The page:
James Bond 007 Blood Stone Walkthrough Video Game Cheats Reviews Faqs-zhuxianduowan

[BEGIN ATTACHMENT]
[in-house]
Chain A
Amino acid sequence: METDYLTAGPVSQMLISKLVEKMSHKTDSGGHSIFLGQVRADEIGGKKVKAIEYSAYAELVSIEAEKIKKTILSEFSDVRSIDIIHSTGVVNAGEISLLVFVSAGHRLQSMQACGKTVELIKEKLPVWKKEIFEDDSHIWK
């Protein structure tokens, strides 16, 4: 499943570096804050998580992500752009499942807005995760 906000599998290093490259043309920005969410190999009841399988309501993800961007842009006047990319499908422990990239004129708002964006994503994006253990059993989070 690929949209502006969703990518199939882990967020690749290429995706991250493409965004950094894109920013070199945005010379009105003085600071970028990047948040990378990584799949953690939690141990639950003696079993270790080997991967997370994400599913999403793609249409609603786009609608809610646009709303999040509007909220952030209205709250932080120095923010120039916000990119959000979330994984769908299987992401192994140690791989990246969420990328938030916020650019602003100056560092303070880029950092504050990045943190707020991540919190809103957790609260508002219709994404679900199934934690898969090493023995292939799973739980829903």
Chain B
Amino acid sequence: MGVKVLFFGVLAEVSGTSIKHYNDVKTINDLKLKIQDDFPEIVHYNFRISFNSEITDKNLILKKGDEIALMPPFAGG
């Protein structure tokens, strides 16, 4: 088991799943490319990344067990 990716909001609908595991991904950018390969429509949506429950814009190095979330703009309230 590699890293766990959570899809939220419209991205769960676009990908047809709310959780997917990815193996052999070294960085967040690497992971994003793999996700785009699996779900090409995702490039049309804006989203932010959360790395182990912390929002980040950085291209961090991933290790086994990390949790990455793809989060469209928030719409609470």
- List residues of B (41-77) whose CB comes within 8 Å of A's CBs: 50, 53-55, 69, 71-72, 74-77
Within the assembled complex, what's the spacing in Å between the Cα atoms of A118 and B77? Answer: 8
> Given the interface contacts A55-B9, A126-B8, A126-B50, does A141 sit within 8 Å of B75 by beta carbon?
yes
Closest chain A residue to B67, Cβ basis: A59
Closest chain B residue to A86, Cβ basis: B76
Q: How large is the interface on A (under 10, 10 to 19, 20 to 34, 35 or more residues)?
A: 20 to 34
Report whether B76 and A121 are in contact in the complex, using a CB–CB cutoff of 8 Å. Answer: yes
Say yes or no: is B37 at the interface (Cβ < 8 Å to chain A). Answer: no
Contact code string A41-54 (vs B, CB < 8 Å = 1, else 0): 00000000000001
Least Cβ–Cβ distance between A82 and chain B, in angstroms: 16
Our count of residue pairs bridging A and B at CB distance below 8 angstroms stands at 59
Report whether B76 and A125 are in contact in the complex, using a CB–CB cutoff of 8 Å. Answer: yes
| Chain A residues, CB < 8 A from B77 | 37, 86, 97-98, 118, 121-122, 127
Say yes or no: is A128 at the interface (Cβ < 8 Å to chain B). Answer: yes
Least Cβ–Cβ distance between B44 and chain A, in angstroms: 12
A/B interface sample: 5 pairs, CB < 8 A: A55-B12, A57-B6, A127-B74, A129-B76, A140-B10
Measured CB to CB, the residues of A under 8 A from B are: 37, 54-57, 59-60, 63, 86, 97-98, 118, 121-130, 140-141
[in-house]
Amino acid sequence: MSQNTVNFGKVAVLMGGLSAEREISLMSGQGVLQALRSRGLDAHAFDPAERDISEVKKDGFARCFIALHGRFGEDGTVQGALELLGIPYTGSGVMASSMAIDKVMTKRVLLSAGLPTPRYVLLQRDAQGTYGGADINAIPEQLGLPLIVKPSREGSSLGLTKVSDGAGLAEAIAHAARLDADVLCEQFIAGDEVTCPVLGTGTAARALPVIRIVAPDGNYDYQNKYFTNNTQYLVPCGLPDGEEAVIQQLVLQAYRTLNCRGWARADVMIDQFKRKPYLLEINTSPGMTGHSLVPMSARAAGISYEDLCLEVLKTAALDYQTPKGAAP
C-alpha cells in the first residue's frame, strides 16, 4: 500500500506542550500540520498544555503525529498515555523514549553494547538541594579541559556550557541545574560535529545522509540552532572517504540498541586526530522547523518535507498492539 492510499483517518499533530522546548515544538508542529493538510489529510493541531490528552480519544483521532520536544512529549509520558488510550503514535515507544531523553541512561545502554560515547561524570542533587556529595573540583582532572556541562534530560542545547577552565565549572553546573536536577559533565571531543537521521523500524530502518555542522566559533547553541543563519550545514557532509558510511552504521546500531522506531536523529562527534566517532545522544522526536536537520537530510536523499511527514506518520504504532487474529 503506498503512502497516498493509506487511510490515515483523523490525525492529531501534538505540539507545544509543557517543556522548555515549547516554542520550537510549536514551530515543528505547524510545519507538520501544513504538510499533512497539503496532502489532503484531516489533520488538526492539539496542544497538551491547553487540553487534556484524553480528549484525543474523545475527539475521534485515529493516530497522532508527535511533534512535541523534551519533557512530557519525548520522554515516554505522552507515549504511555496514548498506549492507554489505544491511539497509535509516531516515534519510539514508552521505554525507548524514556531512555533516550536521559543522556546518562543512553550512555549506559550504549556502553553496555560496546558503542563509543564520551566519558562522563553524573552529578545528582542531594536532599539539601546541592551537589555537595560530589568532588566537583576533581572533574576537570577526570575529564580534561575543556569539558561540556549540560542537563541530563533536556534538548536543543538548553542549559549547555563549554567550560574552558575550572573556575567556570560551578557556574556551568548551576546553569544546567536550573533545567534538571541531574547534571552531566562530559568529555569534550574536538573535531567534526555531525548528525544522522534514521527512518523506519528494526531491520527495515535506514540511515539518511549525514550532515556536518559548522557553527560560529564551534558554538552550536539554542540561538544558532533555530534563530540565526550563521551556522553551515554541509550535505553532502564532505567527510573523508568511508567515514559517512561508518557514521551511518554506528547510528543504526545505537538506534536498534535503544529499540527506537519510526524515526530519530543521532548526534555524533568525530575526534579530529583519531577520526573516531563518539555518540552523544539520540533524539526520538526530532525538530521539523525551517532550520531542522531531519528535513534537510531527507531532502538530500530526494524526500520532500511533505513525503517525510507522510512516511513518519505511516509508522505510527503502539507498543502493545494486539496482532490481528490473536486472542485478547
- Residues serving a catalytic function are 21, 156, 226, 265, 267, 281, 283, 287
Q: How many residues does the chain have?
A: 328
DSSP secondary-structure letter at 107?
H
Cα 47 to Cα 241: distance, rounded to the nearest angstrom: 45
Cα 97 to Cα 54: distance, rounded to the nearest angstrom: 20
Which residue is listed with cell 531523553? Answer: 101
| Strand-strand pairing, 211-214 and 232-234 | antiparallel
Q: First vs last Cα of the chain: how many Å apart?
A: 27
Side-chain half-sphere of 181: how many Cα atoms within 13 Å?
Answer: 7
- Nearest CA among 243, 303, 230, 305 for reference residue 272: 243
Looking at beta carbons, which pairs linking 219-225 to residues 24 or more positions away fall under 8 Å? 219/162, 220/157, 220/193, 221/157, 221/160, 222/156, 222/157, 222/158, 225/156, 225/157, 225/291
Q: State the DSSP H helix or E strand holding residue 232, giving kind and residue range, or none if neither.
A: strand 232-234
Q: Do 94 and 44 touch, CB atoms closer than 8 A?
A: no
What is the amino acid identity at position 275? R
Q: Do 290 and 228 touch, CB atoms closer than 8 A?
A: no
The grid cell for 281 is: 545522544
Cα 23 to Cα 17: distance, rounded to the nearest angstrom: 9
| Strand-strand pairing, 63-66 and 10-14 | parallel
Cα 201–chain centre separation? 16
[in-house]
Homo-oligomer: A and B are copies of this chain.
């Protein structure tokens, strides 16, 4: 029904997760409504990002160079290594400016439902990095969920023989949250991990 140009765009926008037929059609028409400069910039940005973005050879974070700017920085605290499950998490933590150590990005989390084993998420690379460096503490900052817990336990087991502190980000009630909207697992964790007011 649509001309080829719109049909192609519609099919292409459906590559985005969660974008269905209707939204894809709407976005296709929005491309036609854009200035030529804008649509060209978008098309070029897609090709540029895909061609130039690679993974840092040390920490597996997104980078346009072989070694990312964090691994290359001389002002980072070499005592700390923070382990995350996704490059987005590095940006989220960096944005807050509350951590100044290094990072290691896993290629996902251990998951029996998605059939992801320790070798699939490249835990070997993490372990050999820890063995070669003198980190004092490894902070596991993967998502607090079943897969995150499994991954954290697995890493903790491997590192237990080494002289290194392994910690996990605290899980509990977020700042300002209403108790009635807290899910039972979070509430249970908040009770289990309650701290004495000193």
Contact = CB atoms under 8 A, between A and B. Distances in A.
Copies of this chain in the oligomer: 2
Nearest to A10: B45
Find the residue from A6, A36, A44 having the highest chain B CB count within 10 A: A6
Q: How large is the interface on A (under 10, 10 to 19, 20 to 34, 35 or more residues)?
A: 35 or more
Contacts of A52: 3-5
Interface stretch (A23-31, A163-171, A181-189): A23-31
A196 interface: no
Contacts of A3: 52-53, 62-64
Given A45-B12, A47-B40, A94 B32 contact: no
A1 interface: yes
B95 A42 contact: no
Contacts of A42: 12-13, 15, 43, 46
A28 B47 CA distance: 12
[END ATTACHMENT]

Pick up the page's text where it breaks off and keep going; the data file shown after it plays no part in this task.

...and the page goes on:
Games They’ll be sorted out eventually, of course, and James Bond will return to the big screen. But the question is will anyone feel his absence at all? Fans of the series left anxiously awaiting Daniel Craig’s third outing can find solace in the knowledge that there’s not one, but two Bond games due out before the end of year. Bizarre Creations’ Blood Stone is a thirdperson action game hoping’to blend the gunplay, car chases and brutal hand-to-hand fight scenes which define Daniel Craig’s Bond into a single, fluid experience. Fellow British dev Eurocom, meanwhile, is crafting a new take on GoldenEye, the greatest game made to date. But what’s the enduring appeal of Ian Fleming’s Cold War creation? The world which he was born is long gone, but before he was officially rebooted as blonder model, he was an oddly ageless hero. One man who can tell us is screenwriter Bruce Feirstein, who, penned Pierce Brosnan’s first Bond movies (including GoldenEye), has written the script for both Bizarre’s title Eurocom’s updated take on his screenplay. At its core, Blood Stone is a thirdperson shooter, albeit one that breaks up its shooting with a powerfully efficient hand-to-hand takedown mechanic. The first level Bizarre shows us takes place in Istanbul. A cutscene sets up Bond’s mission to find a missing researcher whose location has been tracked to a construction site in the area. What begins is a simple investigation scene, as Bond walks down a street lined with civilians before talking his way into the site. At this point, he breaks out the only gadget which the gritty, raw, Daniel Craig interpretation of the character will allow: a smartphone one that highlights points of interest on the site, to be precise. "We’ve worked with [Daniel Craig’s stunt double] Ben Cooke", says Nick Davies, Blood Stone’s producer at Bizarre. "He shows us exactly what Bond would do it’s great." Once the enemy’s disabled, Bond fluidly slips back behind the cover he just leapt from, avoiding the trail of bullets spat from the rifle of one of the unconscious guard’s comrades. While standard stop-and-pop gunplay is an option, Bizarre shows us the different ways a scenario such as this can play out over the course of a couple of checkpoint restarts. Cautious players can, through a mixture of cover-based takedown manoeuvres and judicious use of the smartphone, stalk their way to the next objective leaving nothing but a trail of snapped necks and crushed windpipes behind them. Bizarre’s demonstration of this approach ends with Bond charging at the last man stading and sliding feet first over his cover and into his face with a move which es smoothly from running into takedown animation. As Bond (wearing the iconic dinner jacket) skulks past partygoers and heads into the heavily guarded gardens behind the casino, opportunities emerge for the occasional contextual takedown pushing guards with their backs turned off ledges and out of sight for instance. In these sections, saving focus kill rewards (the game allows a maximum of three) allows group patrols to be quickly dispatched without raising the alarm. We aren’t shown what happens after Bond eventually sneaks into the casino through an open window on the first floor, but we’d wager it leads to a car chase. Back in Istanbul, Bond’s battle through the construction sitewhich includes a segment in which he flees an absurdly sized piece of underground digging machinery leads, as these things do, into a car chase through the streets of the city. And an awfully pretty one at that, too, the scenery flashing by in a mixture of saturated browns and blues which capture the palette of 2008’s Quantum Of Solace. And, having watched that film in preparation for our visit, one of the most immediately appreciable aspects of Bizarre’s chase scenes is the fact it’s possible to tell what’s going on. And an awful lot is going on. As Bond and his quarry hurtle through the streets, to the docks and out again before reverting to an on-foot chase through some ruins, there’s nary a single piece of scenery that isn’t destroyed. Sparks and bullets fly, caf chairs and tables are upturned. Petrol stations explode. Even "a John Woo-style flock of doves is scattered. Occasionally the game slows down to capture a single moment of action a jeep packed full of bad guys flipping in mid-air, for instance but most of the time demands that players remain constantly aware of their surroundings, and monitor the interplay between these scripted hazards and other risks on the road, such as traffic. It’s a unique experience every time. There are scripted elements, but in terms of the movement and behaviour of the vehicles, you get different experiences. For Bizarre, of course, the difference between the movies and the game is that the latter is its chance to direct a chapter in Bond’s history one destined for more scrutiny as fans look to Blood Stone to slake the thirst caused by the absence of Bond 23. The pressure is on, but Cavanagh has his own take on why: "I think we put the pressure on ourselves to make a great game. There not being a movie can’t put any more pressure on us in that respect." Even so, it’s hard to imagine there isn’t a movie producer somewhere perhaps in a hollowed-out volcano stroking a white Persian cat and watching Blood Stone with anxious eyes. About the Author: 相关的主题文章: